Like so many other “Android” projectors, Vava is using a stripped version of Android 7.1, instead of full-fledged Android TV. Though you can download a few apps from the custom ‘Aptoide TV’ store (or sideload them), you’re forced to use the mobile version of the apps, which can exhibit wonky behaviors. The Netflix app, for instance, is unusable unless you install Vava’s smartphone app to use the ‘touchscreen mouse’ control mode, and it won’t stream in 4K. Prime Video didn’t work for me at all. Hulu isn’t even on Aptoide.

Basically, the Android functionality is only really useful for installing custom video players, file management, and niche apps. You will absolutely want to use a streaming device like an Nvidia Shield, Apple TV, or Roku Ultra instead – or even a simple Chromecast Ultra. Unfortunately, there’s no way to automatically boot into an input of choice, so you can’t just ignore the projector’s UI altogether.

I also lament the dumbed-down image settings. You can adjust basic image quality settings like contrast, saturation, and color temperature, but you don’t have any say over advanced parameters like gamma or RGB values. Again, the picture is great out of the box for most content, but I’m particularly irked by the lack of separate picture settings for HDR content.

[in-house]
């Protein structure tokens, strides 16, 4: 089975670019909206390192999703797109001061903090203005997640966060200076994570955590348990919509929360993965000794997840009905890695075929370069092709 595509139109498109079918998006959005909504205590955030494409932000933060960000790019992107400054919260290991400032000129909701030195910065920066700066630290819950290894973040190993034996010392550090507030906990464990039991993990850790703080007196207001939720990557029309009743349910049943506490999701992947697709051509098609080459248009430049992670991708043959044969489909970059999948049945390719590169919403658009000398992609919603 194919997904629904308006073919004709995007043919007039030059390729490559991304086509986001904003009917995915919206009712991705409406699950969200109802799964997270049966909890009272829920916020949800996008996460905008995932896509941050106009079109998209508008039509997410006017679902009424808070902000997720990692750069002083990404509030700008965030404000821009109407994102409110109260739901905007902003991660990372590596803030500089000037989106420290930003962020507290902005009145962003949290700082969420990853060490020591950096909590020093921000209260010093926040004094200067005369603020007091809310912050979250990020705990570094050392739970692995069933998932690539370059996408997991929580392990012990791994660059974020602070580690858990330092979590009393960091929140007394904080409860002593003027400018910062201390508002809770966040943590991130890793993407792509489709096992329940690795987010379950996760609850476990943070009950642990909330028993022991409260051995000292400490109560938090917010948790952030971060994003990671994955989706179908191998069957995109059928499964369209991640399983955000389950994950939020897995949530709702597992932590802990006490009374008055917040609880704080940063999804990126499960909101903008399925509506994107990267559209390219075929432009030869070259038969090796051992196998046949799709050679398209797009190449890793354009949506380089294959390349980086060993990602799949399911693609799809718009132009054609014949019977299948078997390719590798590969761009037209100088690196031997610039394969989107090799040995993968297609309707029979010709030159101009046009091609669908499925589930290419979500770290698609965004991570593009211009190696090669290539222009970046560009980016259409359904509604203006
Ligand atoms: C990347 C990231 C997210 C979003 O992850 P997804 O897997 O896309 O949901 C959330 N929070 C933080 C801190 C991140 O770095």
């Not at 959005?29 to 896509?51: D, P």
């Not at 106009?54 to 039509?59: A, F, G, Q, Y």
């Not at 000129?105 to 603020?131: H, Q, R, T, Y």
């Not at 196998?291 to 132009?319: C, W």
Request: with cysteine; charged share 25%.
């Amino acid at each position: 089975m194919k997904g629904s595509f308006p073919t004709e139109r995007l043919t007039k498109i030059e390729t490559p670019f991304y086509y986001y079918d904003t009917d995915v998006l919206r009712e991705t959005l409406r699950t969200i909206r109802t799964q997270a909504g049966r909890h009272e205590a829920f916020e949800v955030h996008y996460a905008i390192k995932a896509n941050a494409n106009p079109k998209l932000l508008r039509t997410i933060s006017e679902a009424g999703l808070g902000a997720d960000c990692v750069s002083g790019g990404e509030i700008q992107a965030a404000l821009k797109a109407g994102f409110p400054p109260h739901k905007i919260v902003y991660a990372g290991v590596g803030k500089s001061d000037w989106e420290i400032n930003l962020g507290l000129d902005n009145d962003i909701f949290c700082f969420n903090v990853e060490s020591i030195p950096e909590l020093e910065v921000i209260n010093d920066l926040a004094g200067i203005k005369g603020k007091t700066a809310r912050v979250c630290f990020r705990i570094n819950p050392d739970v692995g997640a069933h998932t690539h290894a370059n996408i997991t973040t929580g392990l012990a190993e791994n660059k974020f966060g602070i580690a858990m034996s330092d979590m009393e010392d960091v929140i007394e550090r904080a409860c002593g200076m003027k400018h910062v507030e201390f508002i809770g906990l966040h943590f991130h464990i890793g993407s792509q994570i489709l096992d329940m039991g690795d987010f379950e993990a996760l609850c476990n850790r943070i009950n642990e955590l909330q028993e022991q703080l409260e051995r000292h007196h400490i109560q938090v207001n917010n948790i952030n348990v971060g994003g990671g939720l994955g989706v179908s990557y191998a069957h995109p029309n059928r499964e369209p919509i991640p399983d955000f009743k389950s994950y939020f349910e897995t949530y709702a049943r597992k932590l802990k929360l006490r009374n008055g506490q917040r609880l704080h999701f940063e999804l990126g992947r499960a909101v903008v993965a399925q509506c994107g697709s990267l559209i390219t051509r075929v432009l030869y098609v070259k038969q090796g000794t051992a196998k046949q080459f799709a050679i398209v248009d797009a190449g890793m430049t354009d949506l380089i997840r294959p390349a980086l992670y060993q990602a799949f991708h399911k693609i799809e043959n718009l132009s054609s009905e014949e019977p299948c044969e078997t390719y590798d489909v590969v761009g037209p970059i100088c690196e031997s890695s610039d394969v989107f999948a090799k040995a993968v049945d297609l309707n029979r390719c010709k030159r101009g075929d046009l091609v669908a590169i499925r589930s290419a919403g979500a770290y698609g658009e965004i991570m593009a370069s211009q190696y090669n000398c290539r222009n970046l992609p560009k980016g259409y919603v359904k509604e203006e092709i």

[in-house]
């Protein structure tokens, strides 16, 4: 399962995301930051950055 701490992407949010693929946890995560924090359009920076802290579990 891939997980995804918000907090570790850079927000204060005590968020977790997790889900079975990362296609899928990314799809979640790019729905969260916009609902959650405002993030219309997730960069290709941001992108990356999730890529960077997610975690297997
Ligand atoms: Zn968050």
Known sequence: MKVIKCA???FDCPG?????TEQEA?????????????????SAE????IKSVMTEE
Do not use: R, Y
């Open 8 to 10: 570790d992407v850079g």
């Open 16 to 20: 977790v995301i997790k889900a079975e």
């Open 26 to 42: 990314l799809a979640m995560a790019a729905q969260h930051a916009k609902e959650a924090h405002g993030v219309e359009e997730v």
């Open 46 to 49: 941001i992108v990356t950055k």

Like other projectors, the Vava gets significantly dimmer when displaying HDR content in order to maximize contrast. The colors look great, but by default, it’s just too dark unless you’re in a pitch-black room. You can manually brighten the image while watching HDR content, but the settings carry over when you switch back to SDR, and then everything looks too bright.

Considering nobody watches HDR content only, having to constantly adjust settings gets annoying really fast. For this reason, I opted to turn off HDR in my Nvidia Shield’s settings and only turn it back on when I specifically need it. Most TV’s have separate HDR picture settings to avoid such headaches.